Politics

January 10, 2013

State House: Democrats unveil legislative agenda

But with looming problems, including two projected statewide budget shortfalls, party leaders are vague on policy specifics.

By Michael Shepherd mshepherd@mainetoday.com
State House Bureau

(Continued from page 1)

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State Sen. Justin Alfond, D-Portland, president of the Maine Senate.

Contributed photo

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Katz, the Republican leader, said it is a mistake to make policy based on anecdotal information. But he also said he would be open to working with Democrats to smooth out rates and improve the law.

“There are clearly businesses that have seen increases in premiums,” Katz said. “The challenge for us is how you deal with those rough edges.”

The Democratic leaders also said they want to fix crumbling roads and bridges and improve research and development, investments that they said would create jobs.

Leaders were mum on what form that may take, however. LePage has refused to issue certain voter-approved bonds, a common vehicle for transportation spending and providing research and development money for universities and labs.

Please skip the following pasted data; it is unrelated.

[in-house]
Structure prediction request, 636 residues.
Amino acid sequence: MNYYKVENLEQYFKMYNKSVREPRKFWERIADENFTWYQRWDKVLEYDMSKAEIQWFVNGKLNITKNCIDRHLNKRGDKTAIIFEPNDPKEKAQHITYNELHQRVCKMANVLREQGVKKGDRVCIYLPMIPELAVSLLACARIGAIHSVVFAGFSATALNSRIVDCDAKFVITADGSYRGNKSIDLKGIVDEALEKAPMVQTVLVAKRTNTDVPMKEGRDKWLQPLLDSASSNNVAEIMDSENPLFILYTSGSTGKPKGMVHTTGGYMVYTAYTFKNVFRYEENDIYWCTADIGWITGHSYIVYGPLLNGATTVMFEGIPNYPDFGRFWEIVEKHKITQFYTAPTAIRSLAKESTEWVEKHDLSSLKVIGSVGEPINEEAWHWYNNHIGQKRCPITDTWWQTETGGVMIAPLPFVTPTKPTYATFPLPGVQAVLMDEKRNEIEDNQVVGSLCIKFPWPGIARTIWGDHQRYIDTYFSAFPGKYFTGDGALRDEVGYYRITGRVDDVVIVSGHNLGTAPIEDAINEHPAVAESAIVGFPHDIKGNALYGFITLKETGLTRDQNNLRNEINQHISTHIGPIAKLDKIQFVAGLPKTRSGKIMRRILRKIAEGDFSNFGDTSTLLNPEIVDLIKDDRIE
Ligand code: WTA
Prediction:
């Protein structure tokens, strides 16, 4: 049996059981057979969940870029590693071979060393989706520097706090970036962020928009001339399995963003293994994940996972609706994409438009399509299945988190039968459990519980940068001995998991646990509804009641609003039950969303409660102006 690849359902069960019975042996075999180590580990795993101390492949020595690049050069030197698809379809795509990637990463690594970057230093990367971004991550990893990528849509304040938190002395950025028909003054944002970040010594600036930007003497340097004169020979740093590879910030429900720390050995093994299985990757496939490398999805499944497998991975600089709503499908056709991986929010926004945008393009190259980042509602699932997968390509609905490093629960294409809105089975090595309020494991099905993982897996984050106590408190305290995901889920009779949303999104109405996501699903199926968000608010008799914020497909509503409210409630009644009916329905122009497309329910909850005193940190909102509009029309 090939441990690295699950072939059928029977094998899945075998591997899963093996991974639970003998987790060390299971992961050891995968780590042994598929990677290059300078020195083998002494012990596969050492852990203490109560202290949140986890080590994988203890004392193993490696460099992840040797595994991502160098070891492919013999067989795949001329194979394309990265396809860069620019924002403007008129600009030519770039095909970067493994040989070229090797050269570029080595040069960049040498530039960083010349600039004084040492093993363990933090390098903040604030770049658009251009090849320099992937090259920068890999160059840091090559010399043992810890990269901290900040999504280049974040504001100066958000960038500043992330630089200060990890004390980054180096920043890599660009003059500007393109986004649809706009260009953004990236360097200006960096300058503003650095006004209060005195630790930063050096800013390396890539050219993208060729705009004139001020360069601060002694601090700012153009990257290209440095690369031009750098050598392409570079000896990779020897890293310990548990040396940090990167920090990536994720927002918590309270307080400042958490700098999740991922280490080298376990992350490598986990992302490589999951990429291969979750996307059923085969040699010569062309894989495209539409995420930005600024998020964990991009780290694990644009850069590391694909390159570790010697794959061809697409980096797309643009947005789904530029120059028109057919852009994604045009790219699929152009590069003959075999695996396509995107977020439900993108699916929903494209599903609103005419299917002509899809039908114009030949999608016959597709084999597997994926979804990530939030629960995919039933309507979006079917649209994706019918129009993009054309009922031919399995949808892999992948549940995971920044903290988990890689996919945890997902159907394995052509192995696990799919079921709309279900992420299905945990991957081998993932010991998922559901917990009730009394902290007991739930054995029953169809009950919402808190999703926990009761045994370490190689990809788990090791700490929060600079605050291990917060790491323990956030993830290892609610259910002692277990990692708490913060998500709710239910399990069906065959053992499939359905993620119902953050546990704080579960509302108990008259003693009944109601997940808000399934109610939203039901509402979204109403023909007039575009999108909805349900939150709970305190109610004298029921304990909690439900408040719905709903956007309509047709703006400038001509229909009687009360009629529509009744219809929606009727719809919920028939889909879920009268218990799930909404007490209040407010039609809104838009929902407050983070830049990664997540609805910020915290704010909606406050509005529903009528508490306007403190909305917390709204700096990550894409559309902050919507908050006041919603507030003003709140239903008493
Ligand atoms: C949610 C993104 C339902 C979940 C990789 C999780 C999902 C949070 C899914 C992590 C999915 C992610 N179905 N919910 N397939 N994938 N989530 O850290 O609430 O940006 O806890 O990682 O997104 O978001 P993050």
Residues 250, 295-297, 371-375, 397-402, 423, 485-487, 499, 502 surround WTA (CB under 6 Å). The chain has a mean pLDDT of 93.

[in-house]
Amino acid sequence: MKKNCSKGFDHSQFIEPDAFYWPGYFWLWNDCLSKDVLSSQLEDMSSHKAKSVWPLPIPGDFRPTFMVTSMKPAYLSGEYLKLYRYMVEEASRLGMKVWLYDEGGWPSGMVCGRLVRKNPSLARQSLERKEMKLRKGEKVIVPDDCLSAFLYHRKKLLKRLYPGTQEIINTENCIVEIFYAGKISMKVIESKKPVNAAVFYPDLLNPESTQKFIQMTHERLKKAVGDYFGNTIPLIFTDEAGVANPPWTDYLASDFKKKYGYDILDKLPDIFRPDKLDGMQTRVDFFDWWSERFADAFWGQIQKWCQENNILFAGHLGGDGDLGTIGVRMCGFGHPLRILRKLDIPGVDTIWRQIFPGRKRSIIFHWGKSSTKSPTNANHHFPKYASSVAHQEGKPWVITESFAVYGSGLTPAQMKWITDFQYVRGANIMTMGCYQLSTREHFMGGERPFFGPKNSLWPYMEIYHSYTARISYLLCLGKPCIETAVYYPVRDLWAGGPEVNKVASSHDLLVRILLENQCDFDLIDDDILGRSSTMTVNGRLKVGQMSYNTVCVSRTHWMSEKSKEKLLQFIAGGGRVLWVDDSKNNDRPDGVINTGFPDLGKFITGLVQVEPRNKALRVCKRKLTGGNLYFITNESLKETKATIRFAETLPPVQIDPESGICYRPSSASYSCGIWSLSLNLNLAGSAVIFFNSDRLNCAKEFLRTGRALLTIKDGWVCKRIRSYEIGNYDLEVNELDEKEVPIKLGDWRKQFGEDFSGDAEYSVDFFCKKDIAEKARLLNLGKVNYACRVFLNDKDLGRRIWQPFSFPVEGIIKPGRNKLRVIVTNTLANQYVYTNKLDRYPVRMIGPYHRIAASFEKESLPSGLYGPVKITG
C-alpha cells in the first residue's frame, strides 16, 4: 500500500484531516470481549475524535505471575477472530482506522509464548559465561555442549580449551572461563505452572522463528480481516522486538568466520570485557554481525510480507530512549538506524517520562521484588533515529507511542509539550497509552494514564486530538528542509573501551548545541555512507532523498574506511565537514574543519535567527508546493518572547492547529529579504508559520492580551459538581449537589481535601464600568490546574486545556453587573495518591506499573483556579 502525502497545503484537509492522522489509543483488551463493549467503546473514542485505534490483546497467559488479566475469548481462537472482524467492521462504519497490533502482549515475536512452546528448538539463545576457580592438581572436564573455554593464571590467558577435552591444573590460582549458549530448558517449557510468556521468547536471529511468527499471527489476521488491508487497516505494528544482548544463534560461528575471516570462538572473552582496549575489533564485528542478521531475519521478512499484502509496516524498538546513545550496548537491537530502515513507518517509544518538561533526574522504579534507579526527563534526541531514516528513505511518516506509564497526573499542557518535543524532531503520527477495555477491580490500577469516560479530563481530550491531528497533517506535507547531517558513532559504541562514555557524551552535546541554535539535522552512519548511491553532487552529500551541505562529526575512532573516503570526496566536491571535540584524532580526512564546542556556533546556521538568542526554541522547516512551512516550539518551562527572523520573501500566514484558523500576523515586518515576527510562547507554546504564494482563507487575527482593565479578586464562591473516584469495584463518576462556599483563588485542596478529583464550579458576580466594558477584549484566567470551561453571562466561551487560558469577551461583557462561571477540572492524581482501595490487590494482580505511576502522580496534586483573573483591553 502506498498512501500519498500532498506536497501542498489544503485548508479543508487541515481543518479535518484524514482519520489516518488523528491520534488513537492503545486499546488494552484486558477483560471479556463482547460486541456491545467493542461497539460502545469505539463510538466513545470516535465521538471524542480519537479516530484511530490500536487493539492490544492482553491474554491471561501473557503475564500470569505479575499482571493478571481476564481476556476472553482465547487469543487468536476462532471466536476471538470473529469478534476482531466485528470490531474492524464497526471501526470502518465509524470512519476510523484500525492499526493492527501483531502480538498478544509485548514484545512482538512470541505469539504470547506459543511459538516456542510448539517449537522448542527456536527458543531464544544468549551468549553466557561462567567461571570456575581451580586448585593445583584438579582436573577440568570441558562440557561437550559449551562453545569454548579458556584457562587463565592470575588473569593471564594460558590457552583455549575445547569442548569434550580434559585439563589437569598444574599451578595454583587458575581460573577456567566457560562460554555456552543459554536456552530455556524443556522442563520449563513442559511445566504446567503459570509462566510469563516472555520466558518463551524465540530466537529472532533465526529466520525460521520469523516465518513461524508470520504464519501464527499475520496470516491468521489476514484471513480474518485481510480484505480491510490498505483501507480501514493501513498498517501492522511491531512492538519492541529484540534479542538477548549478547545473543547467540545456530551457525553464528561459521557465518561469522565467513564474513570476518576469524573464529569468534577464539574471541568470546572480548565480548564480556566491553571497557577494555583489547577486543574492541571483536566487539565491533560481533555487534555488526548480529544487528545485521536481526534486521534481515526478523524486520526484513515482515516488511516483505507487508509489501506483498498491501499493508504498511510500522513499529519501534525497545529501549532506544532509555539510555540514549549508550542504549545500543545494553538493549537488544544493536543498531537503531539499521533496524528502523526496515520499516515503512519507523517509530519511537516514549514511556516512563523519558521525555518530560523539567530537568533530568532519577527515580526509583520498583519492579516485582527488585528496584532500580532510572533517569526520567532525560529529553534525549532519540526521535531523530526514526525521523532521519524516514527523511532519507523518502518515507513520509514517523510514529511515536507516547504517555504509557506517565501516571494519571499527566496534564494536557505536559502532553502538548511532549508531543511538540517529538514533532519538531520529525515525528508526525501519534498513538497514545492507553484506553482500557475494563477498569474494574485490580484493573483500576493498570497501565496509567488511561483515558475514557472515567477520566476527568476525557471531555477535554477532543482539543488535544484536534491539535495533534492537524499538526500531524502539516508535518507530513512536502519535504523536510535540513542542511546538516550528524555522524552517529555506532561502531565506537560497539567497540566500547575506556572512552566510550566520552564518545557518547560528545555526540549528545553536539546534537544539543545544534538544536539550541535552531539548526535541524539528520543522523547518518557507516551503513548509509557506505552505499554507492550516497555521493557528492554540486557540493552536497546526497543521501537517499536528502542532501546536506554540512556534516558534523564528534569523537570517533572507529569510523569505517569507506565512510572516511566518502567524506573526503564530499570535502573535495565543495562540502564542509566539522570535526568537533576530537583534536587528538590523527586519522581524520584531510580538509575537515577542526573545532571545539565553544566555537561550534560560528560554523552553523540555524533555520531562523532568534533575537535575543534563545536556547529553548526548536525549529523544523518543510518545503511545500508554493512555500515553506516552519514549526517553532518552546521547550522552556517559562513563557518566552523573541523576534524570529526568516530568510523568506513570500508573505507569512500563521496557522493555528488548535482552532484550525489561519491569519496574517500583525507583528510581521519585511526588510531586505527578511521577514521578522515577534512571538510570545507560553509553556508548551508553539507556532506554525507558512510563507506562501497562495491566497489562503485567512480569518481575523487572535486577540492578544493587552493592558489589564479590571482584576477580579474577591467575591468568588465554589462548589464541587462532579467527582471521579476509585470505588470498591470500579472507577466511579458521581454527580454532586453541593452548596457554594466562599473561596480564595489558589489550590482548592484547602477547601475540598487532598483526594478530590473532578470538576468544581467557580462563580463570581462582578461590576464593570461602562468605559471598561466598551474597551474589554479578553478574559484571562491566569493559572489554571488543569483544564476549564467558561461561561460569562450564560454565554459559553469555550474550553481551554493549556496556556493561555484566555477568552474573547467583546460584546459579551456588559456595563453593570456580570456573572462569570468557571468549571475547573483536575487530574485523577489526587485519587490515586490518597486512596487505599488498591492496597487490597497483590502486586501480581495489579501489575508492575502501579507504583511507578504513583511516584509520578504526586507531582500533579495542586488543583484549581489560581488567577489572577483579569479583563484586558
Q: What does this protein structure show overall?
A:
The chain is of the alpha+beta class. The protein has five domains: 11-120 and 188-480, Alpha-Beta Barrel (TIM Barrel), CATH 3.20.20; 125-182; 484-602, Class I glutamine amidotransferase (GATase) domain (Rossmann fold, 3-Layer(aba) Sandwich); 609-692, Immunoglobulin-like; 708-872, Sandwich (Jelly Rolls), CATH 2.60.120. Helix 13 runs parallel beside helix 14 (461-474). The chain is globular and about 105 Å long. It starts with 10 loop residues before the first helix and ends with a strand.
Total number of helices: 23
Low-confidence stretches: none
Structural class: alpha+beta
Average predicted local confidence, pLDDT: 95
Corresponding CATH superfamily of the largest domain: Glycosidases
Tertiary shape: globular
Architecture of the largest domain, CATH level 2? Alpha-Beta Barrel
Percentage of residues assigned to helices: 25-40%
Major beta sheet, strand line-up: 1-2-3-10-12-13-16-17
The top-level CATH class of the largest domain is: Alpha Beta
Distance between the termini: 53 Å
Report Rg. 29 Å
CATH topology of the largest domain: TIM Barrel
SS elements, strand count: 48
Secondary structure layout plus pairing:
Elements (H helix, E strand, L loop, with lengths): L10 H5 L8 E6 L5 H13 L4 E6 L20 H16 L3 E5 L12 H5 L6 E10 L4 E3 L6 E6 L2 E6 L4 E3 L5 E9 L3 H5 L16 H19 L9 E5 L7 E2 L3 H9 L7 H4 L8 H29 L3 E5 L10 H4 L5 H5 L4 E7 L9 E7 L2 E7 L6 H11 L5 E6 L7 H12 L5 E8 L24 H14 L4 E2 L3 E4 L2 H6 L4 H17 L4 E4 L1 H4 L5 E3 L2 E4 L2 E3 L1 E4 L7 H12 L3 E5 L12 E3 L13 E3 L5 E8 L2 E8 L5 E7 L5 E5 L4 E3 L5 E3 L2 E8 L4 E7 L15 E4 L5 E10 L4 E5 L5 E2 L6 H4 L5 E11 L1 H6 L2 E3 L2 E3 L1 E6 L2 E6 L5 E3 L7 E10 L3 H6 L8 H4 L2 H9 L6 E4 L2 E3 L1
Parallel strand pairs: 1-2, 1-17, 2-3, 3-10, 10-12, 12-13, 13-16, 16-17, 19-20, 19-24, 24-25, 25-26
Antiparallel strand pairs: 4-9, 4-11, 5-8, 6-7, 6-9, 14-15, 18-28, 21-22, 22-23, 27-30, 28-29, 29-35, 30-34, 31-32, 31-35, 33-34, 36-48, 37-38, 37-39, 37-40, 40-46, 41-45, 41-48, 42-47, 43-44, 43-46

Assistant House Republican Leader Alexander Willette, R-Mapleton, accused Democrats of being “wishy-washy.”

“It was funny. I saw the press release and it said, 'We’re going to release our agenda,’ ” Willette said. “I didn’t really hear any agenda.”

Berry, the Democratic House Majority Leader, said the governor must submit his budget proposal before specifics are talked about. “Everything’s on the table” when it comes to taxes, he said.

Berry did hint at opposition if LePage comes back with a similar tax proposal to one passed in 2011 that was opposed by many Democrats who called it tax cuts for the rich. The 2011 package included raising the estate tax exemption from $1 million to $2 million, which benefited wealthier taxpayers, but it also removed any tax burden for around 70,000 low-income Mainers.

“If the same proposals are voiced again, I think you’re likely to see a push back from Maine people,” Berry said. “It’s the people’s voice that comes first in this process.”

But LePage took issue with that at the end of a press conference in his State House office Wednesday.

“The Maine people are going to rebel? I’ll bet him $1,000 in cash that Maine people will not rebel against a tax cut,” the governor said. “And if he thinks they’re going to rebel against me, that rebellion I’ll take.”

 

State House Bureau Writer Michael Shepherd can be contacted at 620-7015 or at:
mshepherd@mainetoday.com

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